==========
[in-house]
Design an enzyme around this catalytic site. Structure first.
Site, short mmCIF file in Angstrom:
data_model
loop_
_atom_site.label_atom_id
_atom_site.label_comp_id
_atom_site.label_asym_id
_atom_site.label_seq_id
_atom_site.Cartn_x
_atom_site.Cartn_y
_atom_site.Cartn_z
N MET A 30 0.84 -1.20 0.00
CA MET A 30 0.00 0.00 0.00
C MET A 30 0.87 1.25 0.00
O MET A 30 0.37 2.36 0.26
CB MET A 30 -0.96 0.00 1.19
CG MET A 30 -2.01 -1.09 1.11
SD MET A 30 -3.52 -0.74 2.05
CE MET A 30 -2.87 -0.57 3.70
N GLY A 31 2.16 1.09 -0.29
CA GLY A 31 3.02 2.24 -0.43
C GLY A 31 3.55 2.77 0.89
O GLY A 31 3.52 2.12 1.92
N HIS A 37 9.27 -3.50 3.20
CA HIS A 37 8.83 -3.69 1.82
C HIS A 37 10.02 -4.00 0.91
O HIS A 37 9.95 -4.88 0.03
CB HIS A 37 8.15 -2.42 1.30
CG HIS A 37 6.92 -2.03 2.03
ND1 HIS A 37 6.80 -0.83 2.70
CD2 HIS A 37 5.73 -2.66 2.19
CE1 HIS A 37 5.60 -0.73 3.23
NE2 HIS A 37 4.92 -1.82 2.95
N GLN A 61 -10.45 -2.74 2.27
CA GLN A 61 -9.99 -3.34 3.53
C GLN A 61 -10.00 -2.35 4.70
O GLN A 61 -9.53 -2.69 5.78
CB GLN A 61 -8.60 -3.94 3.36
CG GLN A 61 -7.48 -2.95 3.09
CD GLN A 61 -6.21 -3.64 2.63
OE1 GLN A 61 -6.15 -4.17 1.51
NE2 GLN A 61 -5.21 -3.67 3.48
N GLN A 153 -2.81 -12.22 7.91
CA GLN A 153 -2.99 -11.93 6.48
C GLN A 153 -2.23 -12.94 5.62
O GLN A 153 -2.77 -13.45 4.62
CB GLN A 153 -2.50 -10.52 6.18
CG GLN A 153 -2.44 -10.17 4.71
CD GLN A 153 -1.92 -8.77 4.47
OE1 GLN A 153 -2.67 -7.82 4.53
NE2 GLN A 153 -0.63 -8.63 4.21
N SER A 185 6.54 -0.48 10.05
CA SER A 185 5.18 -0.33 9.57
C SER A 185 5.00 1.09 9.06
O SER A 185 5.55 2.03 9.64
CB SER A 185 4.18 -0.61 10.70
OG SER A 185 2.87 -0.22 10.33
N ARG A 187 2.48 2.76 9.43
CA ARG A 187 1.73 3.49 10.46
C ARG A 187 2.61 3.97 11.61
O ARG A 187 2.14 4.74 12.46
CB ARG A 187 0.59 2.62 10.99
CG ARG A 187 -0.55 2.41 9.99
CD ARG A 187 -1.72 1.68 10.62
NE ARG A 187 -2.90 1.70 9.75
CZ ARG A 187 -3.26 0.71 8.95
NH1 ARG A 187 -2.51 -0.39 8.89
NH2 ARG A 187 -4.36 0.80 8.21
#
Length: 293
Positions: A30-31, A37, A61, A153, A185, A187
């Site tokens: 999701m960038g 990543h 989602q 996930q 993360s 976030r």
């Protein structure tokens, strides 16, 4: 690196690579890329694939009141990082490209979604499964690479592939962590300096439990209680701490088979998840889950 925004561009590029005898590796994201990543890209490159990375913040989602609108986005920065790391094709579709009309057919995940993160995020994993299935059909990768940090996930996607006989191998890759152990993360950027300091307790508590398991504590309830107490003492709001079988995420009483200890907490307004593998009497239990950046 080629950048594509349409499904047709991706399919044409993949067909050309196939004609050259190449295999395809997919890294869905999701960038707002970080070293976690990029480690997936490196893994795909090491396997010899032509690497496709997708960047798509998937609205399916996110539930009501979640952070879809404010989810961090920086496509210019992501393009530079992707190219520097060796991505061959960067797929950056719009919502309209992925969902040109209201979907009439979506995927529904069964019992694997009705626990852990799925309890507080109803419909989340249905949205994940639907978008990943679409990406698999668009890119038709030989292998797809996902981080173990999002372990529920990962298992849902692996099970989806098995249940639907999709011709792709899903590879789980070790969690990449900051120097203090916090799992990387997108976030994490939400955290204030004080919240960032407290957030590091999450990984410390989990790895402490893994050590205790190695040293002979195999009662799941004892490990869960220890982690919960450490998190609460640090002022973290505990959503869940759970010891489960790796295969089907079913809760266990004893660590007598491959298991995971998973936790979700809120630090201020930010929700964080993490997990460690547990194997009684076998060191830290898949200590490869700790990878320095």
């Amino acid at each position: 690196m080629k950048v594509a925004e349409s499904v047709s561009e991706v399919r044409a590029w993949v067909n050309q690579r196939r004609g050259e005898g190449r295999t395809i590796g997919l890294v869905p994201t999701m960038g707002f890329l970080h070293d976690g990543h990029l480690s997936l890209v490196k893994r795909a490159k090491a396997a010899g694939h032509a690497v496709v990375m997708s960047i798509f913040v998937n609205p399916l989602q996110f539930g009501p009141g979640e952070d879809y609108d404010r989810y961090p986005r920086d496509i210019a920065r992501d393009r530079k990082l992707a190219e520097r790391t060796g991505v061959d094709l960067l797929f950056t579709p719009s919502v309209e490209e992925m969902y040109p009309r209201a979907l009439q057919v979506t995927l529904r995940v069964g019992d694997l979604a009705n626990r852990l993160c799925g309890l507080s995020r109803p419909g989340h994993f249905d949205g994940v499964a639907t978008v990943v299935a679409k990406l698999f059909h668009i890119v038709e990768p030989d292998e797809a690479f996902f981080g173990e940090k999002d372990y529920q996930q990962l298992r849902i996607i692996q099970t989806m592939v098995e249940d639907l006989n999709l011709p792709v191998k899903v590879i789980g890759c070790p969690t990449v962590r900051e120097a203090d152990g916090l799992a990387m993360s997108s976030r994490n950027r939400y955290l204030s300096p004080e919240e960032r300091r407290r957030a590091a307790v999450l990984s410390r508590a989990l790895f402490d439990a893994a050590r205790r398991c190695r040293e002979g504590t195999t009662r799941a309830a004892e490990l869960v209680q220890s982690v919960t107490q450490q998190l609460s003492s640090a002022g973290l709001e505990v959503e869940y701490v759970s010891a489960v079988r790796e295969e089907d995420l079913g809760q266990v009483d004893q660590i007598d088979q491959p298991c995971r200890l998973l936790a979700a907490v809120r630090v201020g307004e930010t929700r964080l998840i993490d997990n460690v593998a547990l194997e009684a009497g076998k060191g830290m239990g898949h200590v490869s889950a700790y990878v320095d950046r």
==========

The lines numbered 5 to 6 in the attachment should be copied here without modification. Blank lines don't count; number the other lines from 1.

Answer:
loop_
_atom_site.label_atom_id